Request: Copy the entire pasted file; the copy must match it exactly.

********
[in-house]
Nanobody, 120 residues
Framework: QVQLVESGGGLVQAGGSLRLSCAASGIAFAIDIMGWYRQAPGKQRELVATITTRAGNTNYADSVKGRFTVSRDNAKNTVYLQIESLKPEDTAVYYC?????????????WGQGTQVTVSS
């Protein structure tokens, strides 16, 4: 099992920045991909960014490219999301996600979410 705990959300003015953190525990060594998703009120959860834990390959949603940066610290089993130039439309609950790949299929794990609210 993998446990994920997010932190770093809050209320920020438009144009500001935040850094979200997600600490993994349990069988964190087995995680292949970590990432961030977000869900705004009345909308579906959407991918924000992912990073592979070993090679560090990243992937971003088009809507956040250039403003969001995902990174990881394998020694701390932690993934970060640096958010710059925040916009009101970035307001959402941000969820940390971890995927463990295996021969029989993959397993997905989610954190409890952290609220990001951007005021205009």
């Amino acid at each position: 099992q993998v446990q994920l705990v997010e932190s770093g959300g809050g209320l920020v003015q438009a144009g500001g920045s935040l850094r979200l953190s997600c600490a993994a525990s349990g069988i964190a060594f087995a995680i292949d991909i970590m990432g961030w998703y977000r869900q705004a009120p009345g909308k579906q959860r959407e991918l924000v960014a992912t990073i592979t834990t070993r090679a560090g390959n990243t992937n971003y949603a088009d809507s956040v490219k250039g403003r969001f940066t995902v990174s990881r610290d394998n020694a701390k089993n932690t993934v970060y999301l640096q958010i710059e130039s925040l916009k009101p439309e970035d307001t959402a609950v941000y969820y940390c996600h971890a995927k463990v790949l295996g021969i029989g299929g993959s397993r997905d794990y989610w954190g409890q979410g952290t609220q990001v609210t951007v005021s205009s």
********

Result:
[in-house]
Nanobody, 120 residues
Framework: QVQLVESGGGLVQAGGSLRLSCAASGIAFAIDIMGWYRQAPGKQRELVATITTRAGNTNYADSVKGRFTVSRDNAKNTVYLQIESLKPEDTAVYYC?????????????WGQGTQVTVSS
């Protein structure tokens, strides 16, 4: 099992920045991909960014490219999301996600979410 705990959300003015953190525990060594998703009120959860834990390959949603940066610290089993130039439309609950790949299929794990609210 993998446990994920997010932190770093809050209320920020438009144009500001935040850094979200997600600490993994349990069988964190087995995680292949970590990432961030977000869900705004009345909308579906959407991918924000992912990073592979070993090679560090990243992937971003088009809507956040250039403003969001995902990174990881394998020694701390932690993934970060640096958010710059925040916009009101970035307001959402941000969820940390971890995927463990295996021969029989993959397993997905989610954190409890952290609220990001951007005021205009």
């Amino acid at each position: 099992q993998v446990q994920l705990v997010e932190s770093g959300g809050g209320l920020v003015q438009a144009g500001g920045s935040l850094r979200l953190s997600c600490a993994a525990s349990g069988i964190a060594f087995a995680i292949d991909i970590m990432g961030w998703y977000r869900q705004a009120p009345g909308k579906q959860r959407e991918l924000v960014a992912t990073i592979t834990t070993r090679a560090g390959n990243t992937n971003y949603a088009d809507s956040v490219k250039g403003r969001f940066t995902v990174s990881r610290d394998n020694a701390k089993n932690t993934v970060y999301l640096q958010i710059e130039s925040l916009k009101p439309e970035d307001t959402a609950v941000y969820y940390c996600h971890a995927k463990v790949l295996g021969i029989g299929g993959s397993r997905d794990y989610w954190g409890q979410g952290t609220q990001v609210t951007v005021s205009s």